By Kim Walter -- email@example.com
Now for a full year, Lord Fairfax Community College has been one of 15 community colleges offering the Great Expectations program to Virginia's foster youth.
The program initially launched in 2008 after Virginia Community College System and The Virginia Foundation for Community College Education members recognized the need for foster youth to have a support system, especially during transitional periods like that from high school to higher education.
Projects began at five community colleges in the state, which included creation of an advisory board, partnerships with other organizations, hiring of campus coaches and establishment of performance measures of student progress and success.
About $5 million helped launch Great Expectations.
Jennifer Gentry, Vice Chancellor for Institutional Advancement at VCC and Executive Director of VFCCE, named the program, which came from Charles Dickens' novel of the same name.
"It was surprising, but we found that the number of emancipated young people is higher in Virginia than any other state," she said. "After these youth turn 18, they leave the system and any other resources that they are entitled to by law. After that, many of them see a dismal outcome."
Gentry said that for foster youth, moving on to higher education opportunities is their best hope at becoming an independent, productive citizen.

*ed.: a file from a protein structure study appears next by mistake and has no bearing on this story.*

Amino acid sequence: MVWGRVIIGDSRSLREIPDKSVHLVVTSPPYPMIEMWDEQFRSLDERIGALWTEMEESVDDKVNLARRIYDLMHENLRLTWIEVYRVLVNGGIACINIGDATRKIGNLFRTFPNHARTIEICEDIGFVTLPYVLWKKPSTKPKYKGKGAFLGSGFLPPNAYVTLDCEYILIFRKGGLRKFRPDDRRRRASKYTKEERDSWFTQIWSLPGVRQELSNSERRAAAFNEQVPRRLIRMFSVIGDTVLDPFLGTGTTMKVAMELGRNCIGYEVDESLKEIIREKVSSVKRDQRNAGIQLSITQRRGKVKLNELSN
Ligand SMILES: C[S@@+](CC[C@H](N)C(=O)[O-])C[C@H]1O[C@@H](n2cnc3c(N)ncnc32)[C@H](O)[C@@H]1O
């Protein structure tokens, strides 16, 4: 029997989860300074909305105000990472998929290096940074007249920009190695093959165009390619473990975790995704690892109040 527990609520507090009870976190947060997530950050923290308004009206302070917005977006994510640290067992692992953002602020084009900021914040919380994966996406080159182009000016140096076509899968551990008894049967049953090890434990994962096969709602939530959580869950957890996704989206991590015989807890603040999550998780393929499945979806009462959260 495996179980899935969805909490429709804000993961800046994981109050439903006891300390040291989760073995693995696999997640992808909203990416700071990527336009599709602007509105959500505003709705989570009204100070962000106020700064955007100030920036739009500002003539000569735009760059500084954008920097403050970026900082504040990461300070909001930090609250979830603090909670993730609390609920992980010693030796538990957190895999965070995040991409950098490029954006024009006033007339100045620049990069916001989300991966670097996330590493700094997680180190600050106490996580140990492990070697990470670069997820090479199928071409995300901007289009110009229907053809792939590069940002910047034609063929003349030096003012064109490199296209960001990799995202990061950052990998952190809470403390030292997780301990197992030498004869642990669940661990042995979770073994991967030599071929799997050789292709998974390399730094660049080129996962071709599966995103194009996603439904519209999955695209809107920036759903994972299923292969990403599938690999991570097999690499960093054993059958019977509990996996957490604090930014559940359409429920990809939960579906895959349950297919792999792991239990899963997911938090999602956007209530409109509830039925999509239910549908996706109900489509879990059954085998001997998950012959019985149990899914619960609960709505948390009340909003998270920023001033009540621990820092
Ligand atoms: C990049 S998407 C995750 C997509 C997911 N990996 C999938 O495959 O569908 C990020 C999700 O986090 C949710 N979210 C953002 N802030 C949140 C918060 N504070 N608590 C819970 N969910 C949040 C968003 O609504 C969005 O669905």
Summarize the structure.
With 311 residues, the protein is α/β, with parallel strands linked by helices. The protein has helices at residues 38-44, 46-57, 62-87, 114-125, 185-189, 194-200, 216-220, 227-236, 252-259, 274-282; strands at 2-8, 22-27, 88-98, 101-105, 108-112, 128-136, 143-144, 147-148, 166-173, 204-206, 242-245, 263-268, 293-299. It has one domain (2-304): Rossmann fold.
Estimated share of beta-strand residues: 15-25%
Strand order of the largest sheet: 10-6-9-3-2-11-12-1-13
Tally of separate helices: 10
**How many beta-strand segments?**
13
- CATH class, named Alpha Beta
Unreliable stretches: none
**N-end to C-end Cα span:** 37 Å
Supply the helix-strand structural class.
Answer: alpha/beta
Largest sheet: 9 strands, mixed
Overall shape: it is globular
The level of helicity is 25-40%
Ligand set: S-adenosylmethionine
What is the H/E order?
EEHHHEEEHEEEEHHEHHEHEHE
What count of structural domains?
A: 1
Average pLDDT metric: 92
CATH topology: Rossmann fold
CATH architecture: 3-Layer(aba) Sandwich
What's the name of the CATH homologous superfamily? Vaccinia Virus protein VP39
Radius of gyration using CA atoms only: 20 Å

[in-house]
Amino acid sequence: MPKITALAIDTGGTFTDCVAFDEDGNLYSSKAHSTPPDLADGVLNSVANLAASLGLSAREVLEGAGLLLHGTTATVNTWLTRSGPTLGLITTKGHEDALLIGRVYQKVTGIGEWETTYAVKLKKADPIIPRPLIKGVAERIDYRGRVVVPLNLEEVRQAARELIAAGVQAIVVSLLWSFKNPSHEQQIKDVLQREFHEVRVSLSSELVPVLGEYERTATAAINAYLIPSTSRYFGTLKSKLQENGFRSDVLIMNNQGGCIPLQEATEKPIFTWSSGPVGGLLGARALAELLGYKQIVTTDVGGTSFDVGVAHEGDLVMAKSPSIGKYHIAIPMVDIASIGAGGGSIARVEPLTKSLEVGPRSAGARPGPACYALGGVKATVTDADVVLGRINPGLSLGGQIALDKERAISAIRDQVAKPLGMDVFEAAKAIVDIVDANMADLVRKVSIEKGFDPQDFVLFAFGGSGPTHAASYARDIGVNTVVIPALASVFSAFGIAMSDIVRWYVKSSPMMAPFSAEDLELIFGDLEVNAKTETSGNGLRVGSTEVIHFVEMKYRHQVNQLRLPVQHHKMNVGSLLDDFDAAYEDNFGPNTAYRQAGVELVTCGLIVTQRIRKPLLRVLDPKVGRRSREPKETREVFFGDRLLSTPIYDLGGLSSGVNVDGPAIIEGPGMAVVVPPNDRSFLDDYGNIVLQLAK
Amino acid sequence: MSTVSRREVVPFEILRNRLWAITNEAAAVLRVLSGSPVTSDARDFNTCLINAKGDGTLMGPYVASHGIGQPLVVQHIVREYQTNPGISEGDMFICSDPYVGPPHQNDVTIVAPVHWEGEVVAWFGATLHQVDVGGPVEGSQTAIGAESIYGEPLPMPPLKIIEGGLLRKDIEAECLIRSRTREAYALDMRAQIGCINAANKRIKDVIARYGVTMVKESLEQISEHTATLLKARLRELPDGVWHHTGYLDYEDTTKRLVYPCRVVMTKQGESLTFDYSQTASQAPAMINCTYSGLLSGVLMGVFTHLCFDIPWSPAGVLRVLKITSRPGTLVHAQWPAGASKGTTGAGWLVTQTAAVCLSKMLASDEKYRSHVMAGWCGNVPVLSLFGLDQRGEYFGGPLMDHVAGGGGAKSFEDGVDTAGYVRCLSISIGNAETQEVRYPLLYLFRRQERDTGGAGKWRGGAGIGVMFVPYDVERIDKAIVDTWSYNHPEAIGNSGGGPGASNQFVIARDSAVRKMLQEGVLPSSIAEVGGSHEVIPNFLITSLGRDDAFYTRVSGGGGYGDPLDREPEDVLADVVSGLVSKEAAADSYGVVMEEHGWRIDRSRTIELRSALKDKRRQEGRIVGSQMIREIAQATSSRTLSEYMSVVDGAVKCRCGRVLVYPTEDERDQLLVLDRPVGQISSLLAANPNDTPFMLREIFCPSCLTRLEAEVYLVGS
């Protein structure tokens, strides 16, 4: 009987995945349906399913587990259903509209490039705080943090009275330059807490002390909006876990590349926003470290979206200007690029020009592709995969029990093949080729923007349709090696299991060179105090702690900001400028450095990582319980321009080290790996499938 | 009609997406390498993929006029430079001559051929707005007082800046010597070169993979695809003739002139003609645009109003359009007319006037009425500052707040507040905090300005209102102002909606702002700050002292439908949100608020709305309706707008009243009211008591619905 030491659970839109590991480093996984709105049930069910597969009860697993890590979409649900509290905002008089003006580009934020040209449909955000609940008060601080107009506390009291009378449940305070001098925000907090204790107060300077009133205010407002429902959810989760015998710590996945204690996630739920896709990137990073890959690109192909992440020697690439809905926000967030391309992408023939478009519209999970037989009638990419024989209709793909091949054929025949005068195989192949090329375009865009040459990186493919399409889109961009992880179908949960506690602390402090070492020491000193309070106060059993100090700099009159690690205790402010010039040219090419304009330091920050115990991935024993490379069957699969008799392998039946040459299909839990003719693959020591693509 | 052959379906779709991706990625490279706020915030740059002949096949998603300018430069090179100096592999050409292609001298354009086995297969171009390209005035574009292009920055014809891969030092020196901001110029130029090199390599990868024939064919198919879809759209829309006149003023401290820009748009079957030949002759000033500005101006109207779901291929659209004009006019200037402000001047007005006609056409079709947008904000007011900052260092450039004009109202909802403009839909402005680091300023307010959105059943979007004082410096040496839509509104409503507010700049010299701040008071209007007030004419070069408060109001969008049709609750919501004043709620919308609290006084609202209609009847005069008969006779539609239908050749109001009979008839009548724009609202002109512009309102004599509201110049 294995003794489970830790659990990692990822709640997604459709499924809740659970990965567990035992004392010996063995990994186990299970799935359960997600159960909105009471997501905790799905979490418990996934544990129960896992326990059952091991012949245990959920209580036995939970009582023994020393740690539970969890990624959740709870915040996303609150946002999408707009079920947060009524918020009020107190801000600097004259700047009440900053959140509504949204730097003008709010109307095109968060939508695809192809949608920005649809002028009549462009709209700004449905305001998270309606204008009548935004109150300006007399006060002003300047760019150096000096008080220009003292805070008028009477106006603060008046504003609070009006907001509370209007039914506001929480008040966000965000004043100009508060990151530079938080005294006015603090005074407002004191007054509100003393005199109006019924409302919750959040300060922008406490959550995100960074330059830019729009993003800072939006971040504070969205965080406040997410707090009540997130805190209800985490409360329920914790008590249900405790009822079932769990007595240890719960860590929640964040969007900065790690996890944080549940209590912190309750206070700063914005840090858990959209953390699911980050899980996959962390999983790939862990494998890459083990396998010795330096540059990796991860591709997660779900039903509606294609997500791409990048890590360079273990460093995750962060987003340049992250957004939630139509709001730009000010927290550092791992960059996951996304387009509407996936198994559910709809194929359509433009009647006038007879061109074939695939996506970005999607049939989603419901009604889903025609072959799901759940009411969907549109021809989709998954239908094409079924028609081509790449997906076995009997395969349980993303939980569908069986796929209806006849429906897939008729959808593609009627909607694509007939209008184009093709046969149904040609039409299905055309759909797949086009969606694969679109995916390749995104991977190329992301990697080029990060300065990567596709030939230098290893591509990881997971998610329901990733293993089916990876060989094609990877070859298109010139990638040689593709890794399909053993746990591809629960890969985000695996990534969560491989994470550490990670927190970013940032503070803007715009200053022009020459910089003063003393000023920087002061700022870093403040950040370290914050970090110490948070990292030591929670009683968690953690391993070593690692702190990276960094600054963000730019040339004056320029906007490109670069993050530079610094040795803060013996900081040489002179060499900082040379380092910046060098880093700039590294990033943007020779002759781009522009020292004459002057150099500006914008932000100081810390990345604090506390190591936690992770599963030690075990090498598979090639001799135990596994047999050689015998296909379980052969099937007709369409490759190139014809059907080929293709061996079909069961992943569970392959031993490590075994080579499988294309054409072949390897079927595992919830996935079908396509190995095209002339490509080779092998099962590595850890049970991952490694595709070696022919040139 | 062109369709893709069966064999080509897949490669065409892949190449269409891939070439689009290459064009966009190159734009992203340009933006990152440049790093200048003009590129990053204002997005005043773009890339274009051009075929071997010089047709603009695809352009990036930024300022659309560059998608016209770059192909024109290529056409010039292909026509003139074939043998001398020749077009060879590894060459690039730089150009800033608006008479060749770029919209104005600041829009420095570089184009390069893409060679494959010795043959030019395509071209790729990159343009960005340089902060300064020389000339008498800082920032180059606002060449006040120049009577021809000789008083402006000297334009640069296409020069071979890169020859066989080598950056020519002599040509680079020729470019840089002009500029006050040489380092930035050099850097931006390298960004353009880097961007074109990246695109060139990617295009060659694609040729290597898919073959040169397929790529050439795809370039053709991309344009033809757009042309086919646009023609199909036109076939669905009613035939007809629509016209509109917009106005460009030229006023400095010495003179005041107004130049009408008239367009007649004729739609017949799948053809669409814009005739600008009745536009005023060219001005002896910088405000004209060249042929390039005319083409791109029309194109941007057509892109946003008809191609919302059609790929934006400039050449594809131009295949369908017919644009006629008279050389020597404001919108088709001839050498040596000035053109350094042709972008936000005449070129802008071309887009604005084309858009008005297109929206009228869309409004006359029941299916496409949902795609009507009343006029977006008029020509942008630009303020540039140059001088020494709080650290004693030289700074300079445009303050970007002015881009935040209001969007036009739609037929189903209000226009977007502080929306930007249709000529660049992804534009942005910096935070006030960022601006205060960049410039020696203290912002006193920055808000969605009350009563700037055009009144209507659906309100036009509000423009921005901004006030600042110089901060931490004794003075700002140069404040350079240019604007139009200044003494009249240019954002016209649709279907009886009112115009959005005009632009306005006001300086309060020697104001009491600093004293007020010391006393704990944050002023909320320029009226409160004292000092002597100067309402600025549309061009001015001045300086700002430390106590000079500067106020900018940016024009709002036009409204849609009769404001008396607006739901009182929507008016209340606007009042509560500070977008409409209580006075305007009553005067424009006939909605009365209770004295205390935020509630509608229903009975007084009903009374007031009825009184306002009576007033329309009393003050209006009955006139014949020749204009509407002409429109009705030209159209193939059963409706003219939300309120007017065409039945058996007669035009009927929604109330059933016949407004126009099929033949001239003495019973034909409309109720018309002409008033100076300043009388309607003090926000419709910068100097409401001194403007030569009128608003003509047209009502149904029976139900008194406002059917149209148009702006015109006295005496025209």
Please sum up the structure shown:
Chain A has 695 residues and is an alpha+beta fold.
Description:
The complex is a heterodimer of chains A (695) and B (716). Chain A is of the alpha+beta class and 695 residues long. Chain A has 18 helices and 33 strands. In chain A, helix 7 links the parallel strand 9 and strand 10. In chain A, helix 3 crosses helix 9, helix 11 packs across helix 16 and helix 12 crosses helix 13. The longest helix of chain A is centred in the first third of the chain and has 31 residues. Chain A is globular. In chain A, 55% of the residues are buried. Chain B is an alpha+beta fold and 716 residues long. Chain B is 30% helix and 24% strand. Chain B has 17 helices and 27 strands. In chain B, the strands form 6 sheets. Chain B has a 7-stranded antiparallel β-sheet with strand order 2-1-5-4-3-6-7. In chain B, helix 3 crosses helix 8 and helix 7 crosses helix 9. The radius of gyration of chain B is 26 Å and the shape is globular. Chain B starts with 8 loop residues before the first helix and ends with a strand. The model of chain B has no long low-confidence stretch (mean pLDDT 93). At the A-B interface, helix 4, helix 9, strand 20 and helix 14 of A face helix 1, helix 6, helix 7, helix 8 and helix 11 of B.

While the program is implemented at community colleges, a lot of the work is done at the high school level.
"Sixty-six percent of the foster youth involved in our program graduated from high school, as opposed to 58 percent nationally," she said.
Great Expectations has served over 1,000 foster youth, and currently has 500 involved.
"We've been cited as one of the best programs in the nation," Gentry said.
Jill James has been the Great Expectations Campus Coach at LFCC since the college joined the program one year ago. James has worked with 19 high school students and 25 in the 18 to 24 year old age group.
"We've become aware of more students than I thought," she said. James has a background in foster care services, and is currently a foster parent.
"This transition time often gets lost with foster youth," she said. "There are a lot of places for them to fall through the cracks."
As campus coach, James lets younger participants know what resources are available to them and introduces them to the perks of being a part of community college. With students heading to school, she assists with scheduling, advising and just being there for support.
"These youth are on their own, and think they know what they're doing. But they miss one step and it starts snowballing," she said. "They have a lack of permanent connections, but community college can help them develop more lasting relationships."
Gentry said some community colleges also offer support groups for their participants, as well as transportation and emergency funding.
"The basic underlying premise is that nobody wishes to go into foster care," she said. "These youth don't have people in their lives to set expectations. They just need someone to say 'You can do this.'"
More information on Great Expectations is available at greatexpectations.vccs.edu or lfcc.edu/greatexpectations, or by emailing Jill James at firstname.lastname@example.org.